George Davison was one of the most important figures in the development of Pictorial photography at the end of the nineteenth century. A founder member of The Linked Ring, he was a highly influential figure, exhibiting widely and writing extensively. His position as Managing Director of Kodak Ltd brought him affluence as well as influence. An advocate of Naturalistic photography and selective focusing, Davison initially espoused the ideas of P H. Emerson. However, their relationship soon deteriorated into a series of bitter exchanges published in the photographic press. Davison experimented widely with different techniques and processes in his efforts to achieve the impressionistic effect which he desired in his work. He was one of the first to use a pinhole camera for pictorial photography.
In 1898 he showed gum-bichromate prints for the first time and the following year he started what was to become an annual custom of sending photogravure reproductions of his photographs to his friends as New Year’s gifts. Inevitably, however, his output declined. In 1908, for the first time, the Photographic Salon contained none of his work. By this time, The Linked Ring had lost its original impetus and sense of unity. In 1910, it was agreed that no exhibition would be held, effectively marking the end of The Linked Ring. A group led by Davison formed the London Secession which held a single exhibition in May 1911. Davison exhibited a single print, of Harlech Castle. It was to be his last contribution to a photographic exhibition. By this time, Davison was preoccupied with other matters.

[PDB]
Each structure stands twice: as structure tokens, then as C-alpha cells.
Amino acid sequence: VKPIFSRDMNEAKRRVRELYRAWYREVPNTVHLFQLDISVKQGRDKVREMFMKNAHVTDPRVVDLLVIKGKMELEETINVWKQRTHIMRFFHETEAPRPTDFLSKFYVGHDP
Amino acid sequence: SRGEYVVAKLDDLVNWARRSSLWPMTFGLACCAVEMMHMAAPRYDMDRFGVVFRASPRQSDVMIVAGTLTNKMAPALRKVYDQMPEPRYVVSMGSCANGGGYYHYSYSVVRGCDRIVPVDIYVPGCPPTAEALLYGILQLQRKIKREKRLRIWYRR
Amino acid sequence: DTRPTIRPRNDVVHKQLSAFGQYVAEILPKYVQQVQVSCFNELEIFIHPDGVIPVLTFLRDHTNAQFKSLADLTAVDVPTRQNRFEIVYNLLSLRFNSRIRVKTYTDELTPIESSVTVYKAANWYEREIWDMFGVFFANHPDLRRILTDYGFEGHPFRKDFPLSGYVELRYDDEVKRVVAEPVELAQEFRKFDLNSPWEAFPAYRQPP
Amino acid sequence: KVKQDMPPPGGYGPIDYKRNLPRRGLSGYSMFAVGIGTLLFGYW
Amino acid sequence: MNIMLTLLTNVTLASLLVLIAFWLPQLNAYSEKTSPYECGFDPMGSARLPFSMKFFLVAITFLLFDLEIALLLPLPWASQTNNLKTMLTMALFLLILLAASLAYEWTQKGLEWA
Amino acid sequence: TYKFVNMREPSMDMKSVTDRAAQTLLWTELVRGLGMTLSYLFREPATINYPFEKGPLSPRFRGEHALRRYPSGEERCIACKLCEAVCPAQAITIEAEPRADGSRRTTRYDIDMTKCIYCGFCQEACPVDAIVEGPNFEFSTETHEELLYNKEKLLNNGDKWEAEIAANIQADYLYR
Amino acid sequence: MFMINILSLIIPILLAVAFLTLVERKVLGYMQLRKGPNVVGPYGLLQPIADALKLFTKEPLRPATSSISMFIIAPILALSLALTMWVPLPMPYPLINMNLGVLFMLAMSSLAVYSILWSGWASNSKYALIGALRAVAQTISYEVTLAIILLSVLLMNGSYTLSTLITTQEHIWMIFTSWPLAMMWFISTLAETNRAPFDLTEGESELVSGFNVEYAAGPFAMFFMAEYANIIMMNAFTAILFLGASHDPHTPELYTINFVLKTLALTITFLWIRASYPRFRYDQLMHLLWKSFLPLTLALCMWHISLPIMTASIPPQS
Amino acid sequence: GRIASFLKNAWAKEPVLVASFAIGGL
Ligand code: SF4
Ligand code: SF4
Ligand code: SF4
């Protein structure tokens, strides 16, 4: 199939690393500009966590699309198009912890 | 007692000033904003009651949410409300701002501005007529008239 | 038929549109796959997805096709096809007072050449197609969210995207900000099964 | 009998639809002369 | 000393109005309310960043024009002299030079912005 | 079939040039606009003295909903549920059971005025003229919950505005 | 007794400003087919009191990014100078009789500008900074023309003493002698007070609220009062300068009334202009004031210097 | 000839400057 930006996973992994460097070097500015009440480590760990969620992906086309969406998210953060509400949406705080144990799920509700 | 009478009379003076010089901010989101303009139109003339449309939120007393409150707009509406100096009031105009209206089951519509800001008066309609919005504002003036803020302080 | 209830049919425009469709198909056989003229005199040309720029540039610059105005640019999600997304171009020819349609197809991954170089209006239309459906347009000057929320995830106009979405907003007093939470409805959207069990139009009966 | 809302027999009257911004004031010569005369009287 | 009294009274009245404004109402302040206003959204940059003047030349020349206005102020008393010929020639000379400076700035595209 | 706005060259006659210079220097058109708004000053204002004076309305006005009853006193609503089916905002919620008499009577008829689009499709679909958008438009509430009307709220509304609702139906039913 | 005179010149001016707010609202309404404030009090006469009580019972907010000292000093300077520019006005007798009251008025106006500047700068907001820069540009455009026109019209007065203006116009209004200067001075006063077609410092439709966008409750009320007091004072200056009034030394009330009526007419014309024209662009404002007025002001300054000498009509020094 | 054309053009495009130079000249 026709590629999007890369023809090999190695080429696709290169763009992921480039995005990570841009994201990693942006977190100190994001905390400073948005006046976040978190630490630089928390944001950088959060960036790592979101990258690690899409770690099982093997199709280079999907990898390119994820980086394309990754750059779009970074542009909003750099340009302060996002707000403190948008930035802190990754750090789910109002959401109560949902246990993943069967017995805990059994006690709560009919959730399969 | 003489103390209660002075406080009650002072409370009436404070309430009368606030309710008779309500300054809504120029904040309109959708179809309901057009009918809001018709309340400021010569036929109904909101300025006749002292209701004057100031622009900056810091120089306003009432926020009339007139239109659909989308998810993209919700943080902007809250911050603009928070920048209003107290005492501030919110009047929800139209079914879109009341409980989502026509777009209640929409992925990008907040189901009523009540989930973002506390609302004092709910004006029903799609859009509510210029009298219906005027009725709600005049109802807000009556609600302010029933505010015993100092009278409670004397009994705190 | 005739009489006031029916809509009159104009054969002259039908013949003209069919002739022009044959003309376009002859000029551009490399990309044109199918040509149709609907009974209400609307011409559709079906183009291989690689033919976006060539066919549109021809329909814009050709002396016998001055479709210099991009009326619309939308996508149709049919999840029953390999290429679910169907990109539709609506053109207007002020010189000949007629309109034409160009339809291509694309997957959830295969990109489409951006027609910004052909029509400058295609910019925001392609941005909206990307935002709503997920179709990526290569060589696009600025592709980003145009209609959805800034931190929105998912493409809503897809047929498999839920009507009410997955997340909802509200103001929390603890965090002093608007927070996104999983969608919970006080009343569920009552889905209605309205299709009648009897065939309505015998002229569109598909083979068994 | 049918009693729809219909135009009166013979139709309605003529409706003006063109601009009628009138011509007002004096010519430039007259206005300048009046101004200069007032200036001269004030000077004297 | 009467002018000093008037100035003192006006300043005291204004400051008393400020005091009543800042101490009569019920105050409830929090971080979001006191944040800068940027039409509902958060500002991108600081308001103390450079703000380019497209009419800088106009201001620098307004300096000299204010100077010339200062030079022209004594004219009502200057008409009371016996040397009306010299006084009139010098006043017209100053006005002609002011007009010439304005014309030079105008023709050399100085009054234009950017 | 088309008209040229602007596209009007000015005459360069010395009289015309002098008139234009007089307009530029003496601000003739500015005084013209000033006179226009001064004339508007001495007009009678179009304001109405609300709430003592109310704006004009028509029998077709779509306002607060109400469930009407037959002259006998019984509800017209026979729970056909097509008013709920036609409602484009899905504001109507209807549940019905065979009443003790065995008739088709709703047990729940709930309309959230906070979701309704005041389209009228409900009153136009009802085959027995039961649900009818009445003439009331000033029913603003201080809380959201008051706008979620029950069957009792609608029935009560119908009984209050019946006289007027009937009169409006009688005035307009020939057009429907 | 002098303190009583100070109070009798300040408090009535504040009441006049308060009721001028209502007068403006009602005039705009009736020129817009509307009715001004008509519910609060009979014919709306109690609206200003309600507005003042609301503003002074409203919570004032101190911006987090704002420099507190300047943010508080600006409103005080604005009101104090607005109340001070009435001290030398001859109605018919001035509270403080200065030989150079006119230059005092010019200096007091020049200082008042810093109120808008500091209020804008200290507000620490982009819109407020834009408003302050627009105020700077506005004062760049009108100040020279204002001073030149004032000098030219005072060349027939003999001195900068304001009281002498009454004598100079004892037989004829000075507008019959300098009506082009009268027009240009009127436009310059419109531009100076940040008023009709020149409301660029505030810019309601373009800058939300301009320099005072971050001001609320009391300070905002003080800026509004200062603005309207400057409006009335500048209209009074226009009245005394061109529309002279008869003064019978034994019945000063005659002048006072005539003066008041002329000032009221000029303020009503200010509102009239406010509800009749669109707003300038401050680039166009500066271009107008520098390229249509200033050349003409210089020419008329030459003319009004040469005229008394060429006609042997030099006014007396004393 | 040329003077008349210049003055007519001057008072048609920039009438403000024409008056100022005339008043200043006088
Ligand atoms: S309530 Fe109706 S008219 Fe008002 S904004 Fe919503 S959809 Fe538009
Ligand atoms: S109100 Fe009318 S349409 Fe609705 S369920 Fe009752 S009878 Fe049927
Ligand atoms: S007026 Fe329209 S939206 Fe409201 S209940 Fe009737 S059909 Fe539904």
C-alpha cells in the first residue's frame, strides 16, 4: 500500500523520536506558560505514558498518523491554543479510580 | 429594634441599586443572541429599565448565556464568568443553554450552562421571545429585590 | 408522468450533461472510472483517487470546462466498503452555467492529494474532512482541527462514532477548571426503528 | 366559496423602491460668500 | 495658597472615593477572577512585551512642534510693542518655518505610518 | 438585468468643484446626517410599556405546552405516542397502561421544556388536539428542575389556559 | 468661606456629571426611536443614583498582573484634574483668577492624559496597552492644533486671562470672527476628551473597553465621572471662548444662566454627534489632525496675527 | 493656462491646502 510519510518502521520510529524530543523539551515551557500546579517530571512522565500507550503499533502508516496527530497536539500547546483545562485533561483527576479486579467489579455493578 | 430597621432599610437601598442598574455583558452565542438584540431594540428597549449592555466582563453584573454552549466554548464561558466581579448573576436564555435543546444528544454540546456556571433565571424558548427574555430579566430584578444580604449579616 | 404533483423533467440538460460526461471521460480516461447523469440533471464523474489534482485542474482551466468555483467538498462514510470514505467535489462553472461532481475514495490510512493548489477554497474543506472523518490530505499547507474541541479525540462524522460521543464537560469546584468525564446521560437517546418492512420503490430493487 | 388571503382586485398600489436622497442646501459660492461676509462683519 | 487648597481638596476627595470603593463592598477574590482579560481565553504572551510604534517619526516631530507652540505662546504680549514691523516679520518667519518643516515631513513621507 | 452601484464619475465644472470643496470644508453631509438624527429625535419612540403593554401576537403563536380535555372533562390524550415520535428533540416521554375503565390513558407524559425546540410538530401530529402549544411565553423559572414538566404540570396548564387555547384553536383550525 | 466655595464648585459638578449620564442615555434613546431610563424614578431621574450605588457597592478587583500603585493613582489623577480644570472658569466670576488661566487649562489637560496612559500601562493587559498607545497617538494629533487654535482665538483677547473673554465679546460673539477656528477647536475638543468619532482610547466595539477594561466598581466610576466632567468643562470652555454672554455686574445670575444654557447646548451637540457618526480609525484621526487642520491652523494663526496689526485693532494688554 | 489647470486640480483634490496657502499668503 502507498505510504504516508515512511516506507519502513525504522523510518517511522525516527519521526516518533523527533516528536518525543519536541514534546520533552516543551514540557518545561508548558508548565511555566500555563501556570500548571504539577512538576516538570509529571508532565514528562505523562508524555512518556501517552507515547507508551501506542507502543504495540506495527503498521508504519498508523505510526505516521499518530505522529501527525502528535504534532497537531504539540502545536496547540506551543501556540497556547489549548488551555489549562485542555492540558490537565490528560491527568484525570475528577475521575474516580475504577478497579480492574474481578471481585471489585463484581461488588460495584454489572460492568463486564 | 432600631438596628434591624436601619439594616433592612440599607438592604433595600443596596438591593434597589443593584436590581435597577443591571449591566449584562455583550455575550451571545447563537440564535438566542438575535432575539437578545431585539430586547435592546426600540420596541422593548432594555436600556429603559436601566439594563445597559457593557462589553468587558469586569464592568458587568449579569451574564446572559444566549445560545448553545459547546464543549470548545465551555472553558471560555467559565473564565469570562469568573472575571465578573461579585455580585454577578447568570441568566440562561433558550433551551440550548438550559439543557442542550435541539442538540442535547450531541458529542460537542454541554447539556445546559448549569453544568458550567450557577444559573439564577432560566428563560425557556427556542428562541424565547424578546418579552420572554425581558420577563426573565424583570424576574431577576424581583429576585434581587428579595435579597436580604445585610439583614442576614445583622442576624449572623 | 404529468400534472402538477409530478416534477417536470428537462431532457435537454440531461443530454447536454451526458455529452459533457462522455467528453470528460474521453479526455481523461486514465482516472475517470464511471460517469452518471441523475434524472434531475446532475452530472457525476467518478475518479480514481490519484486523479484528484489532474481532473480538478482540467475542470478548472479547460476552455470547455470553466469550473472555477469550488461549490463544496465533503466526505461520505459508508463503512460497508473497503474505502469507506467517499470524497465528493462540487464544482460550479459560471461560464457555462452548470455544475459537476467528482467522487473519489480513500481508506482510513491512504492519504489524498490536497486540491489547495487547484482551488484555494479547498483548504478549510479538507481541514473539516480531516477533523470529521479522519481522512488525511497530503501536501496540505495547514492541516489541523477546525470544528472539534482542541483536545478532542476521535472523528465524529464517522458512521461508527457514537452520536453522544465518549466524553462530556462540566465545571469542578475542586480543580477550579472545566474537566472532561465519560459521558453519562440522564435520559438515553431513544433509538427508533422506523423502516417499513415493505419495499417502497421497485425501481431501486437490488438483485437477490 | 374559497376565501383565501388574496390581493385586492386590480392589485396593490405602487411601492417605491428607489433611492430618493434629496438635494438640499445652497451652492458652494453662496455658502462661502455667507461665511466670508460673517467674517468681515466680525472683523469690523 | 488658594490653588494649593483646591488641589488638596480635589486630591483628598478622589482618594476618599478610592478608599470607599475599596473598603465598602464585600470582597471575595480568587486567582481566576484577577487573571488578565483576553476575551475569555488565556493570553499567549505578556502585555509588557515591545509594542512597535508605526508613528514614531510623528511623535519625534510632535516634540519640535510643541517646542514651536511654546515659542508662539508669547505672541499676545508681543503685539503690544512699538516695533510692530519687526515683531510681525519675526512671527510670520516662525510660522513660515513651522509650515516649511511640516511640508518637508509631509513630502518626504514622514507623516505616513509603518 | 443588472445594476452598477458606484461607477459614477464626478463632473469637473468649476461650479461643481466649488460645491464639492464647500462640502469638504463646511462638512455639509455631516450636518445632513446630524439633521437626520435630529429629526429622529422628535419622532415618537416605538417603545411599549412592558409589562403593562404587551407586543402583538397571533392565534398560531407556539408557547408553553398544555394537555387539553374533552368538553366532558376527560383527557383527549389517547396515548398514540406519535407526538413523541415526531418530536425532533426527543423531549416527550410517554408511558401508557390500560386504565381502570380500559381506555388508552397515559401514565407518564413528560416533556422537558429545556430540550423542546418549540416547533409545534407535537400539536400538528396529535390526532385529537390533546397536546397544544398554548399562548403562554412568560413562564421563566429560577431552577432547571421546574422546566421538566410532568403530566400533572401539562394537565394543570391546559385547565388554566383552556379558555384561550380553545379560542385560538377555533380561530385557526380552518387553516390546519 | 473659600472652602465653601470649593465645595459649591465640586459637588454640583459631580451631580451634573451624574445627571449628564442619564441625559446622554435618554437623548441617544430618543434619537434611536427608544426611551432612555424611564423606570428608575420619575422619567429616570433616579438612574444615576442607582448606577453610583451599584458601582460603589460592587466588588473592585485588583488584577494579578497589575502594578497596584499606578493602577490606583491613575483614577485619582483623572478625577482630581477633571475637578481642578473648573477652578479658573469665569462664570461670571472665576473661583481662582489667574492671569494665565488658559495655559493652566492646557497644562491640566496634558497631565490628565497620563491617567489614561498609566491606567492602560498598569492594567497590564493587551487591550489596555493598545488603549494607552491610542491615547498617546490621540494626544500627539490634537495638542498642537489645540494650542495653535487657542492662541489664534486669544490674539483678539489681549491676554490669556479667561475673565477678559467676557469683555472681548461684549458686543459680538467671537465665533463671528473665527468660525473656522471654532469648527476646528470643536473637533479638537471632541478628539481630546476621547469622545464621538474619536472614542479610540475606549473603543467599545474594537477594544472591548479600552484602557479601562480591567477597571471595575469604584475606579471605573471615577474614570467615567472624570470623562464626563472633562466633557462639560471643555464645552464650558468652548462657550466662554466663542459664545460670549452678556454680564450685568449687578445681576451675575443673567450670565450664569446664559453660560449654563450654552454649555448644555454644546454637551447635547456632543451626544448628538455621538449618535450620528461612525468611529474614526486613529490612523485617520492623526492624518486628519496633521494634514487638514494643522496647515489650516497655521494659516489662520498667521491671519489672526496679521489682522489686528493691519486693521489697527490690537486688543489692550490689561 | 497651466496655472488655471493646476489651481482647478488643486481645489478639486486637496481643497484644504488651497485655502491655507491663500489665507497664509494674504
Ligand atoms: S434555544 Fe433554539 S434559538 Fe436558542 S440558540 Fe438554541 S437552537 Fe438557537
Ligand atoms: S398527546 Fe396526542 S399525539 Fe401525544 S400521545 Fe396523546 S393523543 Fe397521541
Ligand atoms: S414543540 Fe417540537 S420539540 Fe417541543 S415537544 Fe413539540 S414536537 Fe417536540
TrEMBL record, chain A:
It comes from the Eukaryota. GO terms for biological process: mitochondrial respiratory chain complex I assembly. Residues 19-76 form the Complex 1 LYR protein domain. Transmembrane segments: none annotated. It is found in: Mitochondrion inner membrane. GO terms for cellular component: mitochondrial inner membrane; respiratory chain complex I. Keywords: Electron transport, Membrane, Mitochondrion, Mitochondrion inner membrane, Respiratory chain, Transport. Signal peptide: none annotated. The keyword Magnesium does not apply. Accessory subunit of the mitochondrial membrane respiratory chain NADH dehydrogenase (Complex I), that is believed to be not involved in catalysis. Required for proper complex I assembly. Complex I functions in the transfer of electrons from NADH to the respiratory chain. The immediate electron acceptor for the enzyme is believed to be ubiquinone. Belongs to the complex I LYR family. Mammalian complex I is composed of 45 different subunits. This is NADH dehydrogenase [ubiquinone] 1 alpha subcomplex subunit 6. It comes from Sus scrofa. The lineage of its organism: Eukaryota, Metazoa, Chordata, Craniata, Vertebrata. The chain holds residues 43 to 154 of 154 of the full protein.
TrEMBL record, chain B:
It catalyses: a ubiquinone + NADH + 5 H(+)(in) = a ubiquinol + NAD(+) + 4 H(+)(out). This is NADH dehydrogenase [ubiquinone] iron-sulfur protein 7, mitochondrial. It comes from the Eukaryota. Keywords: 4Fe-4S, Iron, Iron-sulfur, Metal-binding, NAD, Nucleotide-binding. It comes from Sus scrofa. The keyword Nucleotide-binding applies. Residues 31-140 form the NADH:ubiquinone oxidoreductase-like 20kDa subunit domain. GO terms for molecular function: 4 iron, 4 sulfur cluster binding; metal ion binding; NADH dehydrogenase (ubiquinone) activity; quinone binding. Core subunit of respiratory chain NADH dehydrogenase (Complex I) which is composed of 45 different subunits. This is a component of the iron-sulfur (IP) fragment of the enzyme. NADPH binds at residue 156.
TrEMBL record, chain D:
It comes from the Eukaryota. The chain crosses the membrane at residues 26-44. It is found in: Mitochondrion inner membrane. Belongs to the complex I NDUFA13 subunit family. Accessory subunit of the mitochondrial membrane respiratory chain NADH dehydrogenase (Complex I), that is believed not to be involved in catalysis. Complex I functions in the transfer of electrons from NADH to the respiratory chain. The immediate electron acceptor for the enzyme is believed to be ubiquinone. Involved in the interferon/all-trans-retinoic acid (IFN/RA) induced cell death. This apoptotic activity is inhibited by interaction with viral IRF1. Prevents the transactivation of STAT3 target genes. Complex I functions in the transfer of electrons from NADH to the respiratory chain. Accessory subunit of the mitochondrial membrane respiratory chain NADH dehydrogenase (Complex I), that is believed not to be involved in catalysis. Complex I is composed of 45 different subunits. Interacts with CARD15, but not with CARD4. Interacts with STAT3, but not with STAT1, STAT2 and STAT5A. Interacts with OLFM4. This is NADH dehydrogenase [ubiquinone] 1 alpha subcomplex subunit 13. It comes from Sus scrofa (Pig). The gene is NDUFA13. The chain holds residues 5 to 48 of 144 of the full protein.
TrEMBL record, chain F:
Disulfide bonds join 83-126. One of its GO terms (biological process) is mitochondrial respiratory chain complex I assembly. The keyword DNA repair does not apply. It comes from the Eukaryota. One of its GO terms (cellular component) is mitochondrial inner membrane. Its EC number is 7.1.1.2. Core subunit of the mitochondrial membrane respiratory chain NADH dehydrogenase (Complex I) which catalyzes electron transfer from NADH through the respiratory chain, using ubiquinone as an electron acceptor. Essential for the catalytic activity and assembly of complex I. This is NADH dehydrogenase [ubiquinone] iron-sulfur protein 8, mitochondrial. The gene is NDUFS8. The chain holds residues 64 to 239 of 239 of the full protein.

Undoubtedly stemming from his humble origins, Davison had a life-long interest in social reform. Although more of a committed Christian Socialist than an anarchist in the Marxist sense, he had been associated with anarchist organizations for several years. In 1908, George Eastman, considering him to be unsuited to the cut and thrust of commerce, asked Davison to resign as managing director of Kodak Ltd. Davison remained on the board of the company for a few years but his political activities had made his position untenable in Eastman’s eyes. In 1912 he was forced to resign his directorship, ending twenty-four years of association with the company. Davison moved to Harlech, North Wales, where his splendid house became a focus for artistic and political gatherings. As his health declined in the 1920s, he spent more time at his home near Antibes in the south of France, where he died in December, 1930.  Davison had a close relationship with James Craig Annan who produced most of his photogravures.